Safety Tips

Accessing the Attic? Stay Safe With These Storage Safety Tips

By March 18, 2016 April 6th, 2021 No Comments

According to the website Becoming Minimalist, the average American home contains 300,000 items. That’s a lot of stuff that we don’t use on a daily basis. And that’s probably why a lot of that “stuff” ends being stored, either in storage units, basements, garages and attics.

Although all of those storage options are viable ones, there is one thing that sets attics apart from other types of storage: height. Yes, gravity is a factor. And that can make attic storage a little trickier to do safely. After all, gravity likes to make things fall, and that includes the boxes that can land on your head and you who can land on your behind if you fall off a ladder!

As part of our regular efforts to keep you and your family safe, we offer up some considerations for storing things overhead.

Consider what you’re storing
First off, you need to think through what you’re storing. Given that getting something out of an attic or overhead crawl space can be tricky with gravity going against you, you should probably only store things that you hardly—if ever—need. Seasonal items such as Christmas decorations are okay to store that way, for example, because you only pull them out once a year. Or if you’ve put things away for the future, such as baby clothes, attic storage makes sense.

On the other hand, if the kids have a particular toy that they want access to on a monthly basis, you might want to put it somewhere else.

Your goal is to use that storage space wisely so that you’ll hardly have to access it, decreasing the chance of accidents that way.

Also consider the increased heat that attics often have. I have had things melt when stored in an attic, so I learned that lesson the hard way! Most attics and crawl spaces aren’t insulated, so they do heat up in the summer. Candles, plastics and the like should most definitely not be stored in such places!

Then there’s the flammability of items. Most definitely do not store anything in your attic that could catch fire with increased heat!

Then consider how you store it
Your goal with attic storage is to need access to it as few times per year as possible, and to have the items you need most the easiest to get to. The Christmas decorations referenced above should not be tucked away behind and under other things you never need, for example. The more often you’ll want to pull something out of the attic, the easier it should be to get to.

Even if you’ve already stowed everything away, you might want to un-stow it all and redo that storage according to accessibility. That might sound like a hassle now, but it can be a short-term pain that keeps you safer later!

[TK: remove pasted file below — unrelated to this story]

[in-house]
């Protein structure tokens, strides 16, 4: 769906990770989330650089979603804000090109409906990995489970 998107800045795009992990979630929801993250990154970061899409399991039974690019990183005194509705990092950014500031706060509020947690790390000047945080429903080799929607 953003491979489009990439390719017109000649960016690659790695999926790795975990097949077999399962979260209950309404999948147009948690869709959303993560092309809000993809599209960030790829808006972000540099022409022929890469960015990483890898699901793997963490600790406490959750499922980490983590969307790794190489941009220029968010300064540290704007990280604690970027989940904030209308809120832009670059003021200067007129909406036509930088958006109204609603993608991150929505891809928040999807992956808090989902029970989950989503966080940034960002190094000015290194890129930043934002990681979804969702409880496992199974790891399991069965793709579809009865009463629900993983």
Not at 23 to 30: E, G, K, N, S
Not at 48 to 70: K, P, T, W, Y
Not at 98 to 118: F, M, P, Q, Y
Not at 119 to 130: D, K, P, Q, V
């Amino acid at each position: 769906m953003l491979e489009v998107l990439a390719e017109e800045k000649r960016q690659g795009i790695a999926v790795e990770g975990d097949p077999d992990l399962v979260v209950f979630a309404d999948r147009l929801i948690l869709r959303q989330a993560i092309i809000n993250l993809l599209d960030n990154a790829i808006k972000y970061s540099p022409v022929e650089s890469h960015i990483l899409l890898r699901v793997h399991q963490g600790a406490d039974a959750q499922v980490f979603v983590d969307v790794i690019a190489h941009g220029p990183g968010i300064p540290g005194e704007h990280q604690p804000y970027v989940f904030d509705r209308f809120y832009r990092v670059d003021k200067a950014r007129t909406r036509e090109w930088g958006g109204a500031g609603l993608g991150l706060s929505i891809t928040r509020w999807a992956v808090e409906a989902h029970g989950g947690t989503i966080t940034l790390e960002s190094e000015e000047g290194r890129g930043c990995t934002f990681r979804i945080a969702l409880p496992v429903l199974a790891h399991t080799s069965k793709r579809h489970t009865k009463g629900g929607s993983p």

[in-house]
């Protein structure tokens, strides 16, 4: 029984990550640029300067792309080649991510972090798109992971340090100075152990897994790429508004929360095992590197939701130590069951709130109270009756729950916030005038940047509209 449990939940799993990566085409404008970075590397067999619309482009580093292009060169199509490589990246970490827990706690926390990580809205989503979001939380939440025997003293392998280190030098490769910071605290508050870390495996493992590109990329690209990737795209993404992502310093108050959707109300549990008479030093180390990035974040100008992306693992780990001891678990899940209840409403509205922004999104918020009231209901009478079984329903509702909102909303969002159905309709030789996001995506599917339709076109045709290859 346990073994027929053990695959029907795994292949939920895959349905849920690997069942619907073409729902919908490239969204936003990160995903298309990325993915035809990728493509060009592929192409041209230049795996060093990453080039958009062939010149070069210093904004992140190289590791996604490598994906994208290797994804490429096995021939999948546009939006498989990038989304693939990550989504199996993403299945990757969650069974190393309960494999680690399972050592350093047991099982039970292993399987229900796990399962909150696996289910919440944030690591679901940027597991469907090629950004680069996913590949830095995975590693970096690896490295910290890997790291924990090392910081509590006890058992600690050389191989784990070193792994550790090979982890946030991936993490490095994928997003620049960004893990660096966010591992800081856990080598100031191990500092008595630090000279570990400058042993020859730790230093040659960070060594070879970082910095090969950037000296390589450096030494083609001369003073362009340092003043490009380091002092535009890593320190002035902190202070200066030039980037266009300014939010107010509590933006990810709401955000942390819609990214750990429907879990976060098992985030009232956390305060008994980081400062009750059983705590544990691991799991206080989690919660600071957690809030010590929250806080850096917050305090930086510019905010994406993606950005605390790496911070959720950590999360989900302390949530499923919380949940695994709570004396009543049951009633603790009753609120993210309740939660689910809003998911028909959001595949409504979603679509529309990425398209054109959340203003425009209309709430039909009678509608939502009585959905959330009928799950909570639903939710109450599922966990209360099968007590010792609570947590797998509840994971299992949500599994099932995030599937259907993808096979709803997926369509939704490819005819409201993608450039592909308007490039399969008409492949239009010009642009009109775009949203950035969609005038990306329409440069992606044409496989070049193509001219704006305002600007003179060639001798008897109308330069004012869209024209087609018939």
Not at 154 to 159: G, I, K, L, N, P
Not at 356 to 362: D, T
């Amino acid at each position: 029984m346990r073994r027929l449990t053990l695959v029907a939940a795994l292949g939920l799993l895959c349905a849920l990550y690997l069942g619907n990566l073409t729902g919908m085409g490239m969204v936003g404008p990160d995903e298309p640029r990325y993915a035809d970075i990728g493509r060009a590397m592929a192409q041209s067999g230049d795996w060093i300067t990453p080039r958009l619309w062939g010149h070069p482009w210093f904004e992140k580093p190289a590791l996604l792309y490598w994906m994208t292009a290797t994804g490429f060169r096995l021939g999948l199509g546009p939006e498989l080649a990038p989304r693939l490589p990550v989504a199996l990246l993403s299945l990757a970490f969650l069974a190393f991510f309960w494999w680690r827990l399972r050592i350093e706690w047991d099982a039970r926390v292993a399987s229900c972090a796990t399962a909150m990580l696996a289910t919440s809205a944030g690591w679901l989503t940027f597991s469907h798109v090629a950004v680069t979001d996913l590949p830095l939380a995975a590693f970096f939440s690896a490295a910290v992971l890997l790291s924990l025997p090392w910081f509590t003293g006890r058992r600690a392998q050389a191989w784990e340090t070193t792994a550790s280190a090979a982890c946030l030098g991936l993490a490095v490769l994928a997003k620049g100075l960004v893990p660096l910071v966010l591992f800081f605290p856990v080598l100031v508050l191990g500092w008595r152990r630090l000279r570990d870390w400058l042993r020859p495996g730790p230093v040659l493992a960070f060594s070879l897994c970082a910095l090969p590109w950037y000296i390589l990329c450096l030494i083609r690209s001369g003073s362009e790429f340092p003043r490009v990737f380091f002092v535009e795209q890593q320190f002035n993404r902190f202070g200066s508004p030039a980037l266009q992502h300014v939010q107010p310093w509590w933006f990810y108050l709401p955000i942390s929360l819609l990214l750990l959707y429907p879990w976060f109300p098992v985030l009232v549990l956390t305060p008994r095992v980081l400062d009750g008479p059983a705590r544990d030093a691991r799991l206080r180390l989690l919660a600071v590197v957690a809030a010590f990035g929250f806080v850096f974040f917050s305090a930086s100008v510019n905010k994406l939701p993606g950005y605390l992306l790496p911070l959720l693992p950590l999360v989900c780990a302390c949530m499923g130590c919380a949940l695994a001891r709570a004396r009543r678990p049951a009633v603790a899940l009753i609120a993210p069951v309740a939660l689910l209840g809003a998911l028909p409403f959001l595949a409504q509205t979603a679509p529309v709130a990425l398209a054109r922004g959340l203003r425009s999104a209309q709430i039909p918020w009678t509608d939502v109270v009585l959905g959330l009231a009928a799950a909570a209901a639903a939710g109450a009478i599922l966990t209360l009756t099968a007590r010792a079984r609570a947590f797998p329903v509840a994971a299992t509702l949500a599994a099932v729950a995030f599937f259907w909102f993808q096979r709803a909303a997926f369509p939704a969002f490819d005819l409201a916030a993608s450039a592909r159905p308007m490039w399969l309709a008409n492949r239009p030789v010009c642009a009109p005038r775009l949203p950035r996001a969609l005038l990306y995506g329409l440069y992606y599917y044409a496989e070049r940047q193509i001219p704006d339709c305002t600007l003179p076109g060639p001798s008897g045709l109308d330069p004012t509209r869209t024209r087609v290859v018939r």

Also keep in mind what you use for storage. When I first had an attic and a place to actually put stuff, I had everything in cardboard boxes. I quickly learned that boxes will not hold up under the weight of other full boxes, first off, and I learned that rodents are not deterred by cardboard. (In fact, I suspect they liked the chewed up cardboard as nesting material!) Although you’ll be spending money to get plastic storage totes, they can keep you and your stuff safer because they won’t shift while stacked, and they won’t flimsily fall apart when you’re trying to pull them out.

And keep weight in mind! You might want to pack all of one kind of related item into one huge plastic tote so it’s all together, but if you have to wrestle a huge, heavy tote down a ladder, you’re putting yourself in danger.

Finally, plan how you’ll access it
Lastly, we have the logistics of actually getting to your stuff. If you have a bona fide attic with room to stand up and a floor to walk on, you’re in good shape! If you’re like me and you’ve only had pseudo storage to work with, be mindful of the surface you’re walking on and put down plywood or some other kind of flat, solid material if necessary.

More importantly, consider the gravity part of all this: How are you going to get things from up to down? Your access might include stairs or a pull-down ladder, or you might have to use a stepladder to reach what you want. Regardless, be smart and safe. Have someone below who can either hold your ladder steady or be there to hand items off to…or both.

Americans will always have a need for storage space, and we’ll always appreciate a good attic for just that reason. But let’s be smart—and safe—about using that handy empty space so it doesn’t because a hazard as well as a help!

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